1) Tranquilizer
2) Bee repellant
3) As a spice

- Published on 10 Jan 17

a. 2, 3
b. 1
c. 1, 3
d. All of the above
Answer  Explanation  Related Ques

ANSWER: All of the above

Ginger (Zingibers) is used in cooking food. It is a spice.

It also has medicinal value. Some tribes use it for treating abdominal pain and as anti-helminthic troubles.

As per scientific information available, there are 141 species of genus Zingiber are distributed throughout tropical Asia, including China, Japan and tropical Australia.

Of these, 20 are reported from India, which include seven from Andaman and Nicobar Islands. Most of the species of these Gingers are endemic to India.

The tribes of the Andaman and Nicobar Islands have interesting usage of other species of Zingibers.

For instance, Shompen and Nicobari tribes use various plant parts of another species of Zingiber (Hornstedia fenzlii) as bee repellent and, tranquiliser.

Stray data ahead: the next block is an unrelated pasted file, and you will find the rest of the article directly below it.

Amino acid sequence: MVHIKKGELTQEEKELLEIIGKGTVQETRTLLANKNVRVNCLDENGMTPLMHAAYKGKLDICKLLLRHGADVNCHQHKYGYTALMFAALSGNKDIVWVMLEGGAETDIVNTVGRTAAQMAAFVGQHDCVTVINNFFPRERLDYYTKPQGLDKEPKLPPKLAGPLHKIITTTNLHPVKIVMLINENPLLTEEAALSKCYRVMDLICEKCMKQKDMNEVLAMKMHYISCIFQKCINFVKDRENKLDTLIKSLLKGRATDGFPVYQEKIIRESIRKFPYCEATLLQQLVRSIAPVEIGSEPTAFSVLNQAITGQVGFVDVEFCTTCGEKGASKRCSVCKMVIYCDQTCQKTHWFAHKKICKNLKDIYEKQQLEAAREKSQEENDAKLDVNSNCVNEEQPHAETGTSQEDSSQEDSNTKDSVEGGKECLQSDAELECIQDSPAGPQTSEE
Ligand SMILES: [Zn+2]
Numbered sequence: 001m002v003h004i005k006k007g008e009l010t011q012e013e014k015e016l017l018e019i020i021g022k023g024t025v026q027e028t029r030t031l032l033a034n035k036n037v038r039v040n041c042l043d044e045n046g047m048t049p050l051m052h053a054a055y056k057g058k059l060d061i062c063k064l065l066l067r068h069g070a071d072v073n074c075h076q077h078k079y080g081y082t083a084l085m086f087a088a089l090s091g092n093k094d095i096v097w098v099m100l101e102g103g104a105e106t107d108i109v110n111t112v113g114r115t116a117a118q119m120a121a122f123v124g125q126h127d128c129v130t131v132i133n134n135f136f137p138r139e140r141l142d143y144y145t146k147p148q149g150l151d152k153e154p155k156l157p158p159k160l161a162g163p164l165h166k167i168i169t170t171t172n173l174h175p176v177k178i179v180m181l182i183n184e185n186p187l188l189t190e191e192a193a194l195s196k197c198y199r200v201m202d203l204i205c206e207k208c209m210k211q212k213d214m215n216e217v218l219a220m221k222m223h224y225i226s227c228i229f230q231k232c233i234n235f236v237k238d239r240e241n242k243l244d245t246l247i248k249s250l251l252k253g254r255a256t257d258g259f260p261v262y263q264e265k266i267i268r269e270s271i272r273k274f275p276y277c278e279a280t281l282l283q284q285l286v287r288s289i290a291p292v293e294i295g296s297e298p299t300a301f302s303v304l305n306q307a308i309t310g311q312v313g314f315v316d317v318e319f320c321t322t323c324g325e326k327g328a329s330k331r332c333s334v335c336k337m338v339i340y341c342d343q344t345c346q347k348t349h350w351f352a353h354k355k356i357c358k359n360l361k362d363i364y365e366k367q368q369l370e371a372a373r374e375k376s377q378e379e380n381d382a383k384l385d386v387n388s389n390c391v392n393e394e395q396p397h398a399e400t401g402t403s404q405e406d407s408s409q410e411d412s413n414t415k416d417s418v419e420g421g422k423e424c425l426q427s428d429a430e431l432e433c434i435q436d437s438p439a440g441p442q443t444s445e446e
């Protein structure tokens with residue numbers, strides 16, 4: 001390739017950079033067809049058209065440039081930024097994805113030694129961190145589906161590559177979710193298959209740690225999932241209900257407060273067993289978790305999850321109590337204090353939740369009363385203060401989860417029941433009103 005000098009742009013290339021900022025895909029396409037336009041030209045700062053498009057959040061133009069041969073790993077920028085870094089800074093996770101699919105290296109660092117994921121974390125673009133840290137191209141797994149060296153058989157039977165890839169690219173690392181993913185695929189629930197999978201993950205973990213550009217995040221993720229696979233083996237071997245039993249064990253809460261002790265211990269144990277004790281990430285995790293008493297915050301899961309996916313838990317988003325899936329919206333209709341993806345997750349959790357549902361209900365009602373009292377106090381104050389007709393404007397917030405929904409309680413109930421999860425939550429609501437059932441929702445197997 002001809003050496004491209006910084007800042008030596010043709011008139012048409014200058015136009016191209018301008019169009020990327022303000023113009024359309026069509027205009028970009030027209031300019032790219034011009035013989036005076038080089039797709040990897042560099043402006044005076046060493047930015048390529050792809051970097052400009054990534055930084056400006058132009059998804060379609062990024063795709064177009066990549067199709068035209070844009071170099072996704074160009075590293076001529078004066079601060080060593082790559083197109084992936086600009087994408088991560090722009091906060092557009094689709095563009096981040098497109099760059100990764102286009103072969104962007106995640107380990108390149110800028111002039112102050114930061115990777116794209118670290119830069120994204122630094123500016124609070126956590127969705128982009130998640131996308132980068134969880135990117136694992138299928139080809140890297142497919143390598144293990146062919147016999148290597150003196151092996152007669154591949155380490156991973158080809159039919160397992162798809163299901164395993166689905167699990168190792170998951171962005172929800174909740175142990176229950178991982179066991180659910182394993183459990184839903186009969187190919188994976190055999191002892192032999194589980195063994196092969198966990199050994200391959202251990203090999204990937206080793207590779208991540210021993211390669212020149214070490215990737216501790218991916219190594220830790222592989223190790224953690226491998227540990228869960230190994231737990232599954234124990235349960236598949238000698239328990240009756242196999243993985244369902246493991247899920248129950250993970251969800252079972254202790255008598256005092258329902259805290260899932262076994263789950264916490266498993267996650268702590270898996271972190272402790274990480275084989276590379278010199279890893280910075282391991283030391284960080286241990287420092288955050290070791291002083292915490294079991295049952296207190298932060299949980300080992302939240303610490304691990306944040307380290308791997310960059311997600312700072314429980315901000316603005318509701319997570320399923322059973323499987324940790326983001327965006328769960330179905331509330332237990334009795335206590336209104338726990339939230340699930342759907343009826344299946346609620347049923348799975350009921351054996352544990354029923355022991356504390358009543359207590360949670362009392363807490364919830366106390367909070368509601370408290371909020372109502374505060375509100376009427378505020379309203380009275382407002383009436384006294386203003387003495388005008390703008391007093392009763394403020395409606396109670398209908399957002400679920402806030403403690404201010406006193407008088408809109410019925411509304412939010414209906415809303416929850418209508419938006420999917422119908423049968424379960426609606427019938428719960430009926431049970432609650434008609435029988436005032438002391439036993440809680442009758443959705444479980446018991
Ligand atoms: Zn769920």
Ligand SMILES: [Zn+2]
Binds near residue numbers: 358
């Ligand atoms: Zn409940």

Rhizome extracts and leaf pest are applied on body during extracting honey from honeycomb.

Ginger has a sialagogue action, stimulating the production of saliva, which makes swallowing easier.

9)   High Bilirubin levels is sign for
- Published on 09 Jan 17

a. Hyperthyroidism
b. Jaundice
c. Swine Flu
d. Japanese Encephalitis
Answer  Explanation  Related Ques

ANSWER: Jaundice

When a person has jaundice, the bilirubin gets deposited on the skin surface.

Gold nanoclusters that have been functionalised [using chitosan and mercaptopropionic acid] show yellow luminescence under UV light.

But when copper salt (copper sulphate) is added to it, the yellow luminescence gets quenched or reduced.